Posted by: Patrick Allen Foster | October 19, 2013

Saturday Law Blogging: the Supreme Court, Canada, the First Amendment, and so on

1. At Ordinary Times (the site formerly known as the League of Ordinary Gentlemen), Burt Likko has a good rundown of some of the cases that the US Supreme Court will be hearing and deciding this term. (I am late posting this, and the term began two weeks ago, but the post — which appeared 10/8 — is still timely.) Burt also links to and discusses the Scalia interview that we have been discussing lately.

2. This past Tuesday, 10/15, SCOTUS agreed to hear a group of cases dealing with the federal government’s power to regulate greenhouse gases emitted by “fixed sources” — i.e., power plants (and some factories, I suppose). This consolidated group of cases (the Court is combining six separate petitions into one case for purposes of argument and briefing) will be immensely important for all utilities with significant coal-fired power plants — that is, most US utilities, I believe. It will also be important for coal industry, for obvious reasons.

Lyle Denniston at SCOTUSblog reports: “The challengers to the Environmental Protection Agency on its greenhouse gas regulations had raised a variety of issues, including the basic question of whether EPA had justified its finding that such emissions are a hazard to public health. The one question on which the Court will rule involved a decision by EPA that, after deciding to limit emissions from cars and trucks, it had the power to then move on to impose permit requirements on stationary sources like power plants that emit such gases.”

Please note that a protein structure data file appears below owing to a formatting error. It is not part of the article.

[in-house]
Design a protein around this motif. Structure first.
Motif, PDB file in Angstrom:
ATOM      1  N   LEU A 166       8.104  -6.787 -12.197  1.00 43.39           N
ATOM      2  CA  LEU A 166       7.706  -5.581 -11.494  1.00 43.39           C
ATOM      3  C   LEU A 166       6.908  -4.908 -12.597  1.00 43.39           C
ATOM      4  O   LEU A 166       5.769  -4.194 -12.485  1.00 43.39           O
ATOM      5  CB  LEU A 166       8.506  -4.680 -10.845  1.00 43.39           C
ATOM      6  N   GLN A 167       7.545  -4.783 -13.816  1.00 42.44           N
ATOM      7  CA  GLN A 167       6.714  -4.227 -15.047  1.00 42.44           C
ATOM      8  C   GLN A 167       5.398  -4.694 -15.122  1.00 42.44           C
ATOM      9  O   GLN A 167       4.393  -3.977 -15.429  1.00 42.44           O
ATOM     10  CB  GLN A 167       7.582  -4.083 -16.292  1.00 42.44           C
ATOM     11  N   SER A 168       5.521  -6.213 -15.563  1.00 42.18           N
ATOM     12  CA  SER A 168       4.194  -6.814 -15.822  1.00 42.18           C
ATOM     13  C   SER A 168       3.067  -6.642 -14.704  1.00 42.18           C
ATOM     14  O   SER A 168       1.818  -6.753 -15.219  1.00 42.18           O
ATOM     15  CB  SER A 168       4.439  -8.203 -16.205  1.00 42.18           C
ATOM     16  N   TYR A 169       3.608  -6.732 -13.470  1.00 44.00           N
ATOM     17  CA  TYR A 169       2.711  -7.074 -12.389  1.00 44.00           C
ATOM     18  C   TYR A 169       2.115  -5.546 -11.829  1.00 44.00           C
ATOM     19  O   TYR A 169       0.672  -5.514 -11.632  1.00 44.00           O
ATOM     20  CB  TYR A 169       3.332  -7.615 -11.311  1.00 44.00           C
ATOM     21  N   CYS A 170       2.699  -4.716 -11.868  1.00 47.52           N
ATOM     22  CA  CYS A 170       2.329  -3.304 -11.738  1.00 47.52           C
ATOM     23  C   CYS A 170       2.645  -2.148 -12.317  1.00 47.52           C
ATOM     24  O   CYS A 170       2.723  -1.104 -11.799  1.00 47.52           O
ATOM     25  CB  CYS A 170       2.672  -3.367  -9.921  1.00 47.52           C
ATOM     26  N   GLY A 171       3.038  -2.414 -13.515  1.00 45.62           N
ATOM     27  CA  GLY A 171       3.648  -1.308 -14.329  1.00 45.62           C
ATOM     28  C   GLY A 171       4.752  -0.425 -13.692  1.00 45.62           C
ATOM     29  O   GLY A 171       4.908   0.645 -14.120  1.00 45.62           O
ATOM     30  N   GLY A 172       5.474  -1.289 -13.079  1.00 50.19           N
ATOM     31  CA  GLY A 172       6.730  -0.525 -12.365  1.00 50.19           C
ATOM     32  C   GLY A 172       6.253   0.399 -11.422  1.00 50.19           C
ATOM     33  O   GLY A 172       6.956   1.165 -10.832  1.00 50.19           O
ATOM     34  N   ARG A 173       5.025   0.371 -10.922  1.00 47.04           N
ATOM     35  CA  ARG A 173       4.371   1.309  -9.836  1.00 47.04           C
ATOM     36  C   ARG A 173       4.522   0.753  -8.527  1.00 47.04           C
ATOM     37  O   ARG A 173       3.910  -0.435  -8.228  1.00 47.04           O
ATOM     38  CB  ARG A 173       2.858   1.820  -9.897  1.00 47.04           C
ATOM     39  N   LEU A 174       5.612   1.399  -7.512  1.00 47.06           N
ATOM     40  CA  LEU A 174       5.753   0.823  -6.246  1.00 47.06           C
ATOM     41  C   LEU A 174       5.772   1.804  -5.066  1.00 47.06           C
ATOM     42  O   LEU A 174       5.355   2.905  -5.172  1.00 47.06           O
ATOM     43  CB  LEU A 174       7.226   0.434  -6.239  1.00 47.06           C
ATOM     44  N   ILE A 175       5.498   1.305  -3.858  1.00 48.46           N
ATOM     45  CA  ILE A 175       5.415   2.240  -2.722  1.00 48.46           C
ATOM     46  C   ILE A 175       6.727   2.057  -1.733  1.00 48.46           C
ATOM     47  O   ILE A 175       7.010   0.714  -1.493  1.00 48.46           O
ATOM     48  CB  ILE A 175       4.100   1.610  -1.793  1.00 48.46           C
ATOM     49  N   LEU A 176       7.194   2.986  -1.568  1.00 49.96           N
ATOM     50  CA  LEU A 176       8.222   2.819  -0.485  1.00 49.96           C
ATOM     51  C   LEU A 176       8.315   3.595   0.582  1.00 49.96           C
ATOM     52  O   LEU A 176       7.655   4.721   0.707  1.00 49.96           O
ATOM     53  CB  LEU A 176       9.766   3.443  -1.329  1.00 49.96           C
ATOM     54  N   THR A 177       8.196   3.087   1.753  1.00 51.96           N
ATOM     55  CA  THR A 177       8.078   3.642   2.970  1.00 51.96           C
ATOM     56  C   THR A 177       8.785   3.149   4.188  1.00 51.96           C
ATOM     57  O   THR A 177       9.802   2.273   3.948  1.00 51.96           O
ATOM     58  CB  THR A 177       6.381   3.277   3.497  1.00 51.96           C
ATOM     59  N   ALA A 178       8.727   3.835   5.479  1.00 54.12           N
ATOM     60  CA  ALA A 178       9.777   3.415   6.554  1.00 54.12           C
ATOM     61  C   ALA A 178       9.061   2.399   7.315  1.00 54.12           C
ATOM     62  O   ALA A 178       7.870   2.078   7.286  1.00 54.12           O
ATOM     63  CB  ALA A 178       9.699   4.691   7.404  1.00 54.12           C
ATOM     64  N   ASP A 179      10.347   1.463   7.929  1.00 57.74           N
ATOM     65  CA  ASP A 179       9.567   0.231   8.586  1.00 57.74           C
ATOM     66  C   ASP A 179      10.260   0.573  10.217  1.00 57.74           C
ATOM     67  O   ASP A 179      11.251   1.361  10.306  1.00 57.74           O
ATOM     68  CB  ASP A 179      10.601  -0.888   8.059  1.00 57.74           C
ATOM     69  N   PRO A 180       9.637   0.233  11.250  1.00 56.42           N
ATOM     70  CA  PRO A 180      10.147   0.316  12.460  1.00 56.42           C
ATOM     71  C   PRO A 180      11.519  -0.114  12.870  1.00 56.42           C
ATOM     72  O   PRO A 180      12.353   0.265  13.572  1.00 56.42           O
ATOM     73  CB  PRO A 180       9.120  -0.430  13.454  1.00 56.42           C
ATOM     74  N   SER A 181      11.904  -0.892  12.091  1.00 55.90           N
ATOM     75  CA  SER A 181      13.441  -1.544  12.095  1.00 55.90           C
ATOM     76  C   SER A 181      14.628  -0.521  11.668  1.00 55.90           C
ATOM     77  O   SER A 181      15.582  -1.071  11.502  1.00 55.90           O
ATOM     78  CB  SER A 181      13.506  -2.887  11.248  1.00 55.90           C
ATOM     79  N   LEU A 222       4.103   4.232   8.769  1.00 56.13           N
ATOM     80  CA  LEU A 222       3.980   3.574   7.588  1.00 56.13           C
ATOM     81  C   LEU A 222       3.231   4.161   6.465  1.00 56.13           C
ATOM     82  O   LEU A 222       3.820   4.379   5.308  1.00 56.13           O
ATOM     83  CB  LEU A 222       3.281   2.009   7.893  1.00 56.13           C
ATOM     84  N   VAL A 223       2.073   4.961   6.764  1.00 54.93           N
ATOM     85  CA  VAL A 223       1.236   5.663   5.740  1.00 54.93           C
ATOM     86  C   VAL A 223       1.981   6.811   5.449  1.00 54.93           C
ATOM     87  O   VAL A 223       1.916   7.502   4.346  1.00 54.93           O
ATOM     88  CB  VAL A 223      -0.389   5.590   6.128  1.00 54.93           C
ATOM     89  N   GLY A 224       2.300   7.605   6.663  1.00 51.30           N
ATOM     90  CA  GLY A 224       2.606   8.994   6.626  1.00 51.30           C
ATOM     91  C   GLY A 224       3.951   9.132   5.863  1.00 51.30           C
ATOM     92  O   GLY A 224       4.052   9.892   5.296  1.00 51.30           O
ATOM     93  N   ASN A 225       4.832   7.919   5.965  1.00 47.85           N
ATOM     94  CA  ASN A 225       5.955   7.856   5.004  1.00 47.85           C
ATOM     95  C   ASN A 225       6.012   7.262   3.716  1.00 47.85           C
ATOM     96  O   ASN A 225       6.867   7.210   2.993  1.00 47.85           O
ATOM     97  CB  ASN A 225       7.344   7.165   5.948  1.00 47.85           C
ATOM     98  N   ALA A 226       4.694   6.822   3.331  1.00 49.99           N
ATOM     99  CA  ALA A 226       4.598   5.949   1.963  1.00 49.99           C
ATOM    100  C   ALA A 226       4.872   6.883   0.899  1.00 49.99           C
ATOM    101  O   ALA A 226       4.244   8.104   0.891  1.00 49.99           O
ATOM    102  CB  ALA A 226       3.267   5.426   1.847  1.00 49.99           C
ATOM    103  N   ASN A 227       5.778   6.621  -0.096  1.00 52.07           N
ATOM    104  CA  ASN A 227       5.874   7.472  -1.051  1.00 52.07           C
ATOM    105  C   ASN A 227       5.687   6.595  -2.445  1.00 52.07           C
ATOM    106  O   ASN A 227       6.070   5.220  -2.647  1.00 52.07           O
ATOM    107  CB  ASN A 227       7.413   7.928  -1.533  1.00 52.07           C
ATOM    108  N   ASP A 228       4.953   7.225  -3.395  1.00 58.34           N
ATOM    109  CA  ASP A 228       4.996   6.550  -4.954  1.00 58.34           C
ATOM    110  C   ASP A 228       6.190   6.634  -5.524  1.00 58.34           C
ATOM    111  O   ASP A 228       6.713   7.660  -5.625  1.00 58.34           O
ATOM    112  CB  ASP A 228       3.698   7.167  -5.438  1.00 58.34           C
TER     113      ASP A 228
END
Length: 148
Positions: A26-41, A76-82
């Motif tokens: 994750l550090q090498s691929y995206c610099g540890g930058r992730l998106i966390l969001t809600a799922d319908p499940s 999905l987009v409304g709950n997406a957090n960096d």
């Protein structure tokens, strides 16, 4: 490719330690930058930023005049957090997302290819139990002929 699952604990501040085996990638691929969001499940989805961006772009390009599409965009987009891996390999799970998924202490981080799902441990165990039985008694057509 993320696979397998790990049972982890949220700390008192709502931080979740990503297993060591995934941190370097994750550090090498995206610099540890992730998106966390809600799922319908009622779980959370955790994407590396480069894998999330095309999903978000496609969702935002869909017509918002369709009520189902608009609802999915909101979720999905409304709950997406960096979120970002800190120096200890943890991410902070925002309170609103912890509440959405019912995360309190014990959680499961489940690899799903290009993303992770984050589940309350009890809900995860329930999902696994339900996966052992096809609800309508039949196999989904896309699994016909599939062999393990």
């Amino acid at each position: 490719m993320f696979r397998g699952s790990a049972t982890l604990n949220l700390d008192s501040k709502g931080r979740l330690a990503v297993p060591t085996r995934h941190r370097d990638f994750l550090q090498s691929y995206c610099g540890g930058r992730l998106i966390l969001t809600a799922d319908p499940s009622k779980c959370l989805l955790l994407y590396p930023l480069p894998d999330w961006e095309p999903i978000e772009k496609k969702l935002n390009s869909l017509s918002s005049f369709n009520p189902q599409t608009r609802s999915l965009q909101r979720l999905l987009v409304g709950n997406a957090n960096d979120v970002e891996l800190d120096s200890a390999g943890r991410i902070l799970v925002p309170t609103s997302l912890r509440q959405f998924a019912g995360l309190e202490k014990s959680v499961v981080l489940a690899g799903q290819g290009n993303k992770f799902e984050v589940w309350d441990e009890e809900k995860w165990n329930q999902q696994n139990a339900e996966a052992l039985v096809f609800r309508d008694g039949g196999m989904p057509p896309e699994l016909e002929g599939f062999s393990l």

3. Also via Burt Likko, I learned this week that Canada celebrates a holiday called “Persons Day.” This holiday celebrates a 1929 judicial decision, in which the British Privy Council ruled that women are “persons” for purposes of section 24 of the British North America Act, 1867 (Canada’s basic law/quasi-constitution at the time), and thus eligible to be appointed to the Canadian Senate. That decision by the British Privy Council overruled a unanimous decision by the Canadian Supreme Court.